Treat found it south of Jacksonville. Curtiss (7) stated that it was
disappearing from the St. John's River for it could not compete with the
recently introduced water hyacinth. Today Castalia
flava is a rare and restricted plant; in South
Florida it is confined to the area around Lake Okeechobee. The "odorata" is Castalia
odorata with pinkish or white flowers and is
found throughout the eastern United States.
18. There are no Parnassia species or any number
of the Saxifragaceae native to South Florida.
19. This Convolvulaceous
morning glory is Exogonium microdactylum,
the "wild potato", that grows in the rocky soils of the pinelands
of South Florida below Miami, but is not known on the Keys (23). It is indeed
an attractive vine and the flowers are a beautiful crimson color. The roots
that grow in the rocks resemble sweet potatoes. It is worth growing in the
garden as an ornamental vine for its attractive flowers. It is interesting to
know that Blodgett was so taken by this plant that he took the tubers back to
Key West to grow the plant as an ornamental. It is one of our neglected
native plants that does well under cultivation.
20. The only member of the Calycereae
(Brunoniaceae) native to South Florida is Scaevola plumieri which
grows in sandy soil along the coast (23).
21. The climbing milkweed with small leaves that fall early and leave long green naked stems, is
22. Torrey, in a letter to Asa
Gray, mentions a visit from Blodgett in 1843: "He brought with
him about 150 plants not in his former collections. He has visited a number of
the Keys since we last heard from him" (17).
23. It is interesting to know that Blodgett had
a copy of A. P. DeCandolle's Prodromus
a work that was started in 1824 and was to include descriptions of all the
plants of the world.
24. If there were any additional letters from
Blodgett [to Torrey], they have not been discovered.
J. L. Blodgett was the surgeon aboard the Oriental,
which was used by The Society for the Colonization
of Free People of Color of America, to transport immigrants to
Liberia. The following is a letter
that Blodgett wrote concerning the colony established at Greenville, about
150 miles southeast of Monrovia. The town
was built ca. 1838 by colonists of the Mississippi Colonization Society and
was named after Judge James Green, one of the first Mississippi Delta
planters to send former enslaved people to Liberia.
page 340-342; accessed on 26 September 2011.
Blodgett, J.L. (1837) Letter. The African Repository and Colonial
Journal, Volume 14(11): 340-342. Published by order of the managers of the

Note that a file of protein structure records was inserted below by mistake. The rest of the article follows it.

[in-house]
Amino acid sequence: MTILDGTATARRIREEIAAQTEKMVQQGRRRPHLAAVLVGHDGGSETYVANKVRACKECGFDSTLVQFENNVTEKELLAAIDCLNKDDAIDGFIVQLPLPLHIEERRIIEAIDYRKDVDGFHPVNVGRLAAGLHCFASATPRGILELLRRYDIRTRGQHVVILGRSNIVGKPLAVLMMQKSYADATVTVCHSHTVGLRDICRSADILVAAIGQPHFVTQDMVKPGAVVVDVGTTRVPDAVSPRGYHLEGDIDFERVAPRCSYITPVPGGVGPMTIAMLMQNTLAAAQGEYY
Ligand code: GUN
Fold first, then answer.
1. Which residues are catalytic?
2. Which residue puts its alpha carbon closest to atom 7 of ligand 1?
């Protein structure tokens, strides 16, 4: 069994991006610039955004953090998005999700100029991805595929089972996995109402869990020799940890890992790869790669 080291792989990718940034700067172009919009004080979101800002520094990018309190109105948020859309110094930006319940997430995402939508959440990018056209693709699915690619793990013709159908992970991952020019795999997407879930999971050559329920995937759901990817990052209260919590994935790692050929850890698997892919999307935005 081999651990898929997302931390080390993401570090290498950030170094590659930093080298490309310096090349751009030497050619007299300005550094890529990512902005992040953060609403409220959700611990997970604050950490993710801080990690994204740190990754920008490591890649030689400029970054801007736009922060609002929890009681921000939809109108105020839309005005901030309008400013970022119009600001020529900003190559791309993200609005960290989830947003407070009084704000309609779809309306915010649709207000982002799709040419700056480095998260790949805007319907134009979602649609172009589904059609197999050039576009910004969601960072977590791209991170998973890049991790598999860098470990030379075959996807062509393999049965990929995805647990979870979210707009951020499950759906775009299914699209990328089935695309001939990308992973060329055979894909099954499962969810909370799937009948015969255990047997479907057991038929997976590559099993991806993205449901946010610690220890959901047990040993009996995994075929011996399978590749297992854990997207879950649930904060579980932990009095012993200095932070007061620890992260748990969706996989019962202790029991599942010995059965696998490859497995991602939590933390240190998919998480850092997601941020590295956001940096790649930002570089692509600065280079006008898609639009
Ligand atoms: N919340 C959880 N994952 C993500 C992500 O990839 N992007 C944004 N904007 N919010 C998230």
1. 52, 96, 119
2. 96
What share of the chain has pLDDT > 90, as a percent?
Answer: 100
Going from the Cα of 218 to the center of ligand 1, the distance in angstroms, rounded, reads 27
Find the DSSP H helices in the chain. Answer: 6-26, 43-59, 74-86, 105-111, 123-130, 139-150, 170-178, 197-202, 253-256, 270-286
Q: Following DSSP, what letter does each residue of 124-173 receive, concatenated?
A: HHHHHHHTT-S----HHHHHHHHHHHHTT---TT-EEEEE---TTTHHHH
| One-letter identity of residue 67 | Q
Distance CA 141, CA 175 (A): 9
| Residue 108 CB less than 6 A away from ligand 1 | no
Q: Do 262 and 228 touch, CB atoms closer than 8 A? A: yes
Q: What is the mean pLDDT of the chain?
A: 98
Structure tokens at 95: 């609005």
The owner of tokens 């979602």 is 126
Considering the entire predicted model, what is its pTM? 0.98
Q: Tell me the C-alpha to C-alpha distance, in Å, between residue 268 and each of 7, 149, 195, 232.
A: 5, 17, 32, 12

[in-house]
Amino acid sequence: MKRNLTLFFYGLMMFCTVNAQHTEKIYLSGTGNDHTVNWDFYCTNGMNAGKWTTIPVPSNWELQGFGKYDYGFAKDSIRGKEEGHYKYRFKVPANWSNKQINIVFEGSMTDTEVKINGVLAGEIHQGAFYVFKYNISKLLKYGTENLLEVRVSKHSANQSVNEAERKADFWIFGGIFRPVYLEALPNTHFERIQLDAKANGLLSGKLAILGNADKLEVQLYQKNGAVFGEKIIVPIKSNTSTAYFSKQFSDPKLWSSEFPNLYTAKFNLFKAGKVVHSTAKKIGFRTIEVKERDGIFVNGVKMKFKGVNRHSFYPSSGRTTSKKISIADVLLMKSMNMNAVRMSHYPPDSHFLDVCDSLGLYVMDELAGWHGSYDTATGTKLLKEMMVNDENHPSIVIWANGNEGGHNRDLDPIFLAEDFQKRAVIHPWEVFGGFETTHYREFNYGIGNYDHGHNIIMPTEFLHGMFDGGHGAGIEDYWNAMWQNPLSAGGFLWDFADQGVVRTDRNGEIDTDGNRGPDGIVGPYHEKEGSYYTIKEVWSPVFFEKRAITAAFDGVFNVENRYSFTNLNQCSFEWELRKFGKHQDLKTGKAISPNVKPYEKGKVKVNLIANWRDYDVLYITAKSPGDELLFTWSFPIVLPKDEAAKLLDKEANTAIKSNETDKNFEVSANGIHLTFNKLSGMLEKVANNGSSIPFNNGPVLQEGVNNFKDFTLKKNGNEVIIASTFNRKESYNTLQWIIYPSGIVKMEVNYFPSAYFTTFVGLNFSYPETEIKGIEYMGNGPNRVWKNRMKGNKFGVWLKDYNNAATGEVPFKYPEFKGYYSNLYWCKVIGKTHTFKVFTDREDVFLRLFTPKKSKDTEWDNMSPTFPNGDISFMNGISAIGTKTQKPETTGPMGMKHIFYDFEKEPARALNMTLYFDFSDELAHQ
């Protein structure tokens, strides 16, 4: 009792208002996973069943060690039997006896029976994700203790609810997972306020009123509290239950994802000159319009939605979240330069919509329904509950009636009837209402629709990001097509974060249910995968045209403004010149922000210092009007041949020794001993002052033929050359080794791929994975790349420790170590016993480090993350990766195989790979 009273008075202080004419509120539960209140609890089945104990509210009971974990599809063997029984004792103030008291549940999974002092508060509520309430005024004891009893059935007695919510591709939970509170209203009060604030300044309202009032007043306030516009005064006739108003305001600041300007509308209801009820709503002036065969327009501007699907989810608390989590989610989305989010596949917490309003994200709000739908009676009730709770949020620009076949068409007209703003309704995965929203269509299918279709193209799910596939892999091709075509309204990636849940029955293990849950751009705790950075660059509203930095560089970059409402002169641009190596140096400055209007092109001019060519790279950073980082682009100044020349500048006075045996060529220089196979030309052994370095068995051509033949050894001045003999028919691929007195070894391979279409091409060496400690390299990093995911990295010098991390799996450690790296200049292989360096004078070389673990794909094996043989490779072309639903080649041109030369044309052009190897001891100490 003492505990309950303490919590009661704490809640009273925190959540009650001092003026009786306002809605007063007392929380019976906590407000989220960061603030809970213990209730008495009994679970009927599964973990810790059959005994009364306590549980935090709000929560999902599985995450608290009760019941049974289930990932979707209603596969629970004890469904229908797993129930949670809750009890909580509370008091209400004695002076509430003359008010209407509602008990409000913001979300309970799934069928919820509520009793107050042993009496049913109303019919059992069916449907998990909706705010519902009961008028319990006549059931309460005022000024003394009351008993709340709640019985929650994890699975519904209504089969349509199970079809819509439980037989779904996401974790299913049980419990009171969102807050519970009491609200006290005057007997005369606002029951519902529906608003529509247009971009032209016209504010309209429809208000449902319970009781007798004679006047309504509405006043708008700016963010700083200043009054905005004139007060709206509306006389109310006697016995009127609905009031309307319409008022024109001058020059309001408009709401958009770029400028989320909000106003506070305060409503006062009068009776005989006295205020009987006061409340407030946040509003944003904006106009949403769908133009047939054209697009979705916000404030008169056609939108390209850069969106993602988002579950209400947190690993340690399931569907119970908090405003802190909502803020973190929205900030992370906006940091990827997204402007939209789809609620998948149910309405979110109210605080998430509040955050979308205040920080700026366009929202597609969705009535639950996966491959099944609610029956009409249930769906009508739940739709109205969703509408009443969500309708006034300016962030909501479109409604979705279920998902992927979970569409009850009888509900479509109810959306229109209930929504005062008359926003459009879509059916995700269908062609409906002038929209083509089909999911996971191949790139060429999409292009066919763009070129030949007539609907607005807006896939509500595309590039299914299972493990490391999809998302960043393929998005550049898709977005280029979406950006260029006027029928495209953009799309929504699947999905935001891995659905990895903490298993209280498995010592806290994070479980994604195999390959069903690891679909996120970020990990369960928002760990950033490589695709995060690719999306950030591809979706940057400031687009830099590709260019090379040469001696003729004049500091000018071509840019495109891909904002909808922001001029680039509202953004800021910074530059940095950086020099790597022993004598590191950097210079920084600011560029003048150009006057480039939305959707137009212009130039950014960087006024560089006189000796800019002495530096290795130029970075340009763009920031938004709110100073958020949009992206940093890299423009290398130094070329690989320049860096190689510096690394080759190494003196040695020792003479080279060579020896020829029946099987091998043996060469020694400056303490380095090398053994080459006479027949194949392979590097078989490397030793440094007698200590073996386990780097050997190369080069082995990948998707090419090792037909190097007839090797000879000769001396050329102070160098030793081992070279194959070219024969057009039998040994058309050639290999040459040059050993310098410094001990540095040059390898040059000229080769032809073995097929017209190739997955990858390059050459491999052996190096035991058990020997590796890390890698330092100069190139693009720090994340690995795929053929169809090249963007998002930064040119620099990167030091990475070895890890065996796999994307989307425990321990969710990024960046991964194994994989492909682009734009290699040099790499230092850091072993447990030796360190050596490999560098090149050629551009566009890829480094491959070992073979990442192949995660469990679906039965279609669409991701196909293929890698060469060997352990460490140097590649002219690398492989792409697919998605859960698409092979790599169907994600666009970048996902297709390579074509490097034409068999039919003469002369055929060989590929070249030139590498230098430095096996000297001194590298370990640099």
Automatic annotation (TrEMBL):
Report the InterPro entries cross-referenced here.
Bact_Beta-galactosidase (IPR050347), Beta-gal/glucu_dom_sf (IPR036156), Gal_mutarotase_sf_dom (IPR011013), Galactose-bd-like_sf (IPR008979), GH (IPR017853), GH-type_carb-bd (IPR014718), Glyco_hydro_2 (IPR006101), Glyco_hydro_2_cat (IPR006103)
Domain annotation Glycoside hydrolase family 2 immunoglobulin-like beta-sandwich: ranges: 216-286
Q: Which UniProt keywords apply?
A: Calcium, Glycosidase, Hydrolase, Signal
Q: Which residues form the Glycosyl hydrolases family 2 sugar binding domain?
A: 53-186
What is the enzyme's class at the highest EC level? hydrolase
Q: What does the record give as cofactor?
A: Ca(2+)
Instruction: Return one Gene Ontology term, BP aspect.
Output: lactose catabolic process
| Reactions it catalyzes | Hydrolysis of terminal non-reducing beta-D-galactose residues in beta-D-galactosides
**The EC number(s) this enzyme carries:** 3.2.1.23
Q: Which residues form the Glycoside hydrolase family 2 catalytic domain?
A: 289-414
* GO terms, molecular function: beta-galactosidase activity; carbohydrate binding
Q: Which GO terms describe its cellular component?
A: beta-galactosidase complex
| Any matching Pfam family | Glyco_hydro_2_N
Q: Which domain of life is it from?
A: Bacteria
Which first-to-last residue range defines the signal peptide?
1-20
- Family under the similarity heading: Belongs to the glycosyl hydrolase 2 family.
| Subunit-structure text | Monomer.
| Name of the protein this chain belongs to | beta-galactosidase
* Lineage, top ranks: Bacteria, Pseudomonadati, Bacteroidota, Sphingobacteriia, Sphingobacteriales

American Colonization Society.
WASHINGTON: Published by James
C. Dunn, 1838.
LETTER FROM DR.
BLODGETT. The following letter from
the surgeon of the Mississippi Colonial Settlement in Africa, has been
received by the Editor of the New Orleans Observer, and appeared in that
paper, on the 14th of July last:
GREENVILLE, (W. AFRICA,)
Dec. 1st, 1837.
Rev. A.B. Lawrence:
It is not often that we
have an opportunity of sending letters to America, an apology which I offer
for sending so few. Nothing of
importance has transpired since I wrote by the Oriental 1. As yet, I know little of the country,
except in the immediate vicinity of this place, and therefore, until I become
better acquainted, cannot write a full description. Passing back from the beach, the distance
of a mile, the soil is almost entirely composed of silicious
sand, that has the appearance of having been gradually
rescued from the ocean, and offers no inducements to cultivation. Leaving this, the country becomes hilly,
and the soil is principally made up of clay and vegetable mould, which is
extremely productive[.] The Sinoe2 comes down to us
through intervals of rich alluvion, much resembling
those of the Ohio, and other western rivers of the States. On the banks of this river, about three
miles from the ocean, is situated the principal Sinoe
town, beyond which, relying on the accounts of the natives, the country, for
the space of four days journey in the interior, is an entire wilderness,
without inhabitants. I intend making a
tour up the river, through this tract to ascertain its resources, and its
capability of being occupied for the purposes of colonization as soon as I